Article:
Teacher Tip Tuesday on Thursday

August 10, 2023 No Comments

Here are a few easy classroom activities that you can try with your students: 1. Four Corners: This activity gets students up and moving while engaging them in decision-making and critical thinking. Choose four corners of the classroom and assign each corner a different response or option related to a question or topic. Read a statement or ask a question, and students move to the corner that represents their response or choice. Allow students to discuss their choices in their groups or with the class. 2. Think-Pair-Share: This classic activity encourages student engagement and collaboration. Pose a question or problem to the class, and give students a few moments to think about it individually. Then, have them pair up with a partner to discuss their thoughts. Finally, invite pairs to share their ideas with the whole class, fostering discussion and deeper understanding. 3. Gallery Walk: Set up stations around the classroom with different visuals, texts, or questions related to a topic of study. Divide students into small groups and assign each group to a station. Students rotate through the stations, observing and discussing the content. This activity promotes active learning, collaboration, and exploration of different perspectives. 4. Jigsaw Activity: Divide a larger topic or piece of content into smaller sections or subtopics. Assign each student or group a specific section to become an expert on. Students research and study their assigned section, then regroup with others who studied the same section to share and discuss their findings. Finally, students reconvene in their original groups and share what they learned from the other experts. This activity promotes research skills, collaboration, and a comprehensive understanding of the topic. 5. Quick Writes: Give students a short amount of time (e.g., 5-10 minutes) to respond to a prompt or question in writing. This can be done individually or in pairs. Quick writes can be used as a reflection activity, to generate ideas, or to check for understanding. They can also serve as a starting point for further class discussion or writing assignments. Remember to adapt these activities to suit the age and abilities of your students, and feel free to modify them to align with your specific curriculum and learning goals.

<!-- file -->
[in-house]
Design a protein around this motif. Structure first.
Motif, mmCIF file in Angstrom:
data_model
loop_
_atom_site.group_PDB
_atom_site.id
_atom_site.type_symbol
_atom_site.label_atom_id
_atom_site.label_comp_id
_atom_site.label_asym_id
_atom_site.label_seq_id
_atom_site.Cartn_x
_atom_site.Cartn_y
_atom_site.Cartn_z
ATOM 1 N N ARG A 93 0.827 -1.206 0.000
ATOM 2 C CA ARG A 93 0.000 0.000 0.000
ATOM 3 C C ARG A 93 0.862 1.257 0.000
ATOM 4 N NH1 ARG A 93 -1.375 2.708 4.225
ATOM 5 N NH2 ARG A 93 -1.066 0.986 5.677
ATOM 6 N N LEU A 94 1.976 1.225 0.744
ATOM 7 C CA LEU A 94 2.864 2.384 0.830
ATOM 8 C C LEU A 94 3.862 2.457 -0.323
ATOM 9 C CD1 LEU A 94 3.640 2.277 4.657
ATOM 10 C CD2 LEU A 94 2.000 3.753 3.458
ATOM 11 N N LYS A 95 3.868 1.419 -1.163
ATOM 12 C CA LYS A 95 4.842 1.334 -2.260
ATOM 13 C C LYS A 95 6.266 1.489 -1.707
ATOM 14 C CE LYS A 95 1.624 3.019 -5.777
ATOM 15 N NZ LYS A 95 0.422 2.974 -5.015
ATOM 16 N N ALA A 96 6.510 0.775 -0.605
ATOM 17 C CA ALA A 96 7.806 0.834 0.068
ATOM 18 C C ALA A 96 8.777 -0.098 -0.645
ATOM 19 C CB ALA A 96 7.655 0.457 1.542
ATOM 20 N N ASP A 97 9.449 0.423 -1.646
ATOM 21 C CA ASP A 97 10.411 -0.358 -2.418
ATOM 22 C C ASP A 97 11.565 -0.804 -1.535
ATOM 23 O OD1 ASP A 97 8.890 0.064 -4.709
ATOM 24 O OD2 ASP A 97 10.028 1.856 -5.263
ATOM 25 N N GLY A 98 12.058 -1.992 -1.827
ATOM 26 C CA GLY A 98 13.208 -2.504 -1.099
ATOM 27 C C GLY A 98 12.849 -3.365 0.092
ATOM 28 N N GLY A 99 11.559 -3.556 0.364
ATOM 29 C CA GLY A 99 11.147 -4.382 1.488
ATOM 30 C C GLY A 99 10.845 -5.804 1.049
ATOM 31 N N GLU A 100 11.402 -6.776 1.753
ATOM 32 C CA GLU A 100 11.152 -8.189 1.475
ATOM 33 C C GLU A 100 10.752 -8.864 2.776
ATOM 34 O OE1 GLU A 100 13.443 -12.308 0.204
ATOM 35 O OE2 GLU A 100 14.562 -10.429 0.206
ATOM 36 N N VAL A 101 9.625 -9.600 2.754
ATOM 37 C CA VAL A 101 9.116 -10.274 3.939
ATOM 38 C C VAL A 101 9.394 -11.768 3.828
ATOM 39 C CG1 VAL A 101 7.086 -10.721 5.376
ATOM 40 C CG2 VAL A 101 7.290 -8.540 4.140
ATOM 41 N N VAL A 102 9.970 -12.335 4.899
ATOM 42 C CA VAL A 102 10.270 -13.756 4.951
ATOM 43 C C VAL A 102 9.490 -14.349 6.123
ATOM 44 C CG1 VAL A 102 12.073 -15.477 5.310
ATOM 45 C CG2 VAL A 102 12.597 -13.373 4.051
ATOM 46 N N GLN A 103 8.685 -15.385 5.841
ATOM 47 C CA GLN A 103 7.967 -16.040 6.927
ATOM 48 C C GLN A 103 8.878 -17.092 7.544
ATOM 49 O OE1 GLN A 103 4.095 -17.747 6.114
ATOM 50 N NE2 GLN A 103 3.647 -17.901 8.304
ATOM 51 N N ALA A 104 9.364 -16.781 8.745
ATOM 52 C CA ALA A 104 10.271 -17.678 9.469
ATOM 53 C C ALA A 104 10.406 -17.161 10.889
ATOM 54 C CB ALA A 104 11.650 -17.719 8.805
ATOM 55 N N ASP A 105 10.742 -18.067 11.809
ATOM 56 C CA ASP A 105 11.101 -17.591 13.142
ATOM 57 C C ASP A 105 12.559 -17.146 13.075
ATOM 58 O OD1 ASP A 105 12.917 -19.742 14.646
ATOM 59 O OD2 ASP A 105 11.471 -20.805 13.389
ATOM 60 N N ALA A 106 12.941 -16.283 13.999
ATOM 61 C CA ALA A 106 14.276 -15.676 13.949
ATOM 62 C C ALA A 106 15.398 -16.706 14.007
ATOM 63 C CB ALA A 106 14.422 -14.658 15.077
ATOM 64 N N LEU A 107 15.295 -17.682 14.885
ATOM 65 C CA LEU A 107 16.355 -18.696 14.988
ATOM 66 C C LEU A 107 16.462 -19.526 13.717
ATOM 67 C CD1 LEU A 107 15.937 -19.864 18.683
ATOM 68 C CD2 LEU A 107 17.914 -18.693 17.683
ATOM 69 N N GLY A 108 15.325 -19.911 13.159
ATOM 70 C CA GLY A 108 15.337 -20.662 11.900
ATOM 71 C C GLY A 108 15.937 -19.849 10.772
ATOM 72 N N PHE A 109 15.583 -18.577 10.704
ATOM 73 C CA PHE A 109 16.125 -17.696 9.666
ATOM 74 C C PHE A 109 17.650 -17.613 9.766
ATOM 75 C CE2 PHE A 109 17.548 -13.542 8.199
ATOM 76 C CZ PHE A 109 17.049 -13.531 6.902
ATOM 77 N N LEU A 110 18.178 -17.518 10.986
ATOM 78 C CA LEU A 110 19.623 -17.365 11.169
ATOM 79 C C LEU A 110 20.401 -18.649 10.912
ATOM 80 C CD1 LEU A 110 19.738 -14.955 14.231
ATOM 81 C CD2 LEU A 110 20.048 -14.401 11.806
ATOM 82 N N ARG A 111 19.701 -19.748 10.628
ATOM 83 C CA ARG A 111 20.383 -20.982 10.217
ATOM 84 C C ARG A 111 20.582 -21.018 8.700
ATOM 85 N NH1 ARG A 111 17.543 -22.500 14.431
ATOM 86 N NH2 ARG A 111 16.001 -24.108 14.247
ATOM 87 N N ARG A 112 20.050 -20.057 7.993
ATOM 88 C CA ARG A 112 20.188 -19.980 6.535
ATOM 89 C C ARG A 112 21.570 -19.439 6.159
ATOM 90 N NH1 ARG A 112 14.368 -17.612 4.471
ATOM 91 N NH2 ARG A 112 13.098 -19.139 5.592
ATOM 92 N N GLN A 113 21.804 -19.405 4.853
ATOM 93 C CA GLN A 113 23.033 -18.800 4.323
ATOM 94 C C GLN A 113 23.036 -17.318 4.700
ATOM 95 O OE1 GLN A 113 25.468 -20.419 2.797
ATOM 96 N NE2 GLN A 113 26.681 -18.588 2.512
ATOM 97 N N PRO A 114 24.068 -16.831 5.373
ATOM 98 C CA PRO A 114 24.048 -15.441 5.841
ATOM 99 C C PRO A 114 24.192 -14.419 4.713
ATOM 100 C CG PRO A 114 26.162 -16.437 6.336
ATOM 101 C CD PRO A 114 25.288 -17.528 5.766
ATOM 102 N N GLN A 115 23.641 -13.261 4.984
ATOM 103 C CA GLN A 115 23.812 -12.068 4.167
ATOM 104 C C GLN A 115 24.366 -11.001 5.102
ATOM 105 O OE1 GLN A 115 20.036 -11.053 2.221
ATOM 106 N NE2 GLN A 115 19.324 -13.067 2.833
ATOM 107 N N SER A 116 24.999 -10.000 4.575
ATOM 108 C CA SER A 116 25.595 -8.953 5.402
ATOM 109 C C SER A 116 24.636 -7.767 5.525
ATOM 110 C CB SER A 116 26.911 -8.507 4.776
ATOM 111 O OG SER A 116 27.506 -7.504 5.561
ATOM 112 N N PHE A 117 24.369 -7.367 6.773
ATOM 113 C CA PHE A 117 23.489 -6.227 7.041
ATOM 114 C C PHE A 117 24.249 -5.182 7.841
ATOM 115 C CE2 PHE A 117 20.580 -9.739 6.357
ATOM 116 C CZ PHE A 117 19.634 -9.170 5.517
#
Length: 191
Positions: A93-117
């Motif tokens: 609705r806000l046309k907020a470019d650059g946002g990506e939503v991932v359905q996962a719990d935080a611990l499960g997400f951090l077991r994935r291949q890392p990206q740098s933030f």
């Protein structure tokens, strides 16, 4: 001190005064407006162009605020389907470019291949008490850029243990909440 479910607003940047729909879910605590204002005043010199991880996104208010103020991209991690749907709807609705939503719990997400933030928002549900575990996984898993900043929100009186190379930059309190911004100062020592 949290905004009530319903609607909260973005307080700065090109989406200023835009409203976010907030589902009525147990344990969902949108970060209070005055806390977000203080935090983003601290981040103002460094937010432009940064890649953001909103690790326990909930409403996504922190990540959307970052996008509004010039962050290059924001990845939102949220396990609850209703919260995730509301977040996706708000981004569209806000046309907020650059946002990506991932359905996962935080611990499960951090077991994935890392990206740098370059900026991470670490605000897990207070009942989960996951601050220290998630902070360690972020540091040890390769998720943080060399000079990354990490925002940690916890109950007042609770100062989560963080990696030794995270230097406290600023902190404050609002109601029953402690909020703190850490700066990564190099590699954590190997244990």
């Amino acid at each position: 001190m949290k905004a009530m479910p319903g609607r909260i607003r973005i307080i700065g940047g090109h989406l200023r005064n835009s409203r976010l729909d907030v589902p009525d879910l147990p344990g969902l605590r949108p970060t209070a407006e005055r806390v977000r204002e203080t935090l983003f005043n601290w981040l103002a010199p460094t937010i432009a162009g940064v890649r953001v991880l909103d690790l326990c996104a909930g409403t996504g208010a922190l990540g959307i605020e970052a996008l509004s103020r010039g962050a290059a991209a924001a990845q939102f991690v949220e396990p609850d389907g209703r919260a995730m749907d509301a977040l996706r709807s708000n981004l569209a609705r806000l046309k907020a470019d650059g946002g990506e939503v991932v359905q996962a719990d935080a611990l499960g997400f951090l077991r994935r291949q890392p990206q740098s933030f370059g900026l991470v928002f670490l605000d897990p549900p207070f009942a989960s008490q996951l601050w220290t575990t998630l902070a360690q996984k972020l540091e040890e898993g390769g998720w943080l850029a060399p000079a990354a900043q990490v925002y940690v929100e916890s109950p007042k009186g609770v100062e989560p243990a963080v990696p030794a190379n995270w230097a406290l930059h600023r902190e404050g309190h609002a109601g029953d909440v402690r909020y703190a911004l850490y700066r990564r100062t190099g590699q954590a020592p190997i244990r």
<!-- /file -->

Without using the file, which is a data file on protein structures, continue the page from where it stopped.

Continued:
Lisa Anderson

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I'm a 20+ year veteran of teaching! My experience has led me to teach students in rural to urban schools and loved every minute! From teaching kids to teaching adults to mentoring teachers (and some administrators), it is a blessing to help move learning forward! I love my career! Read More

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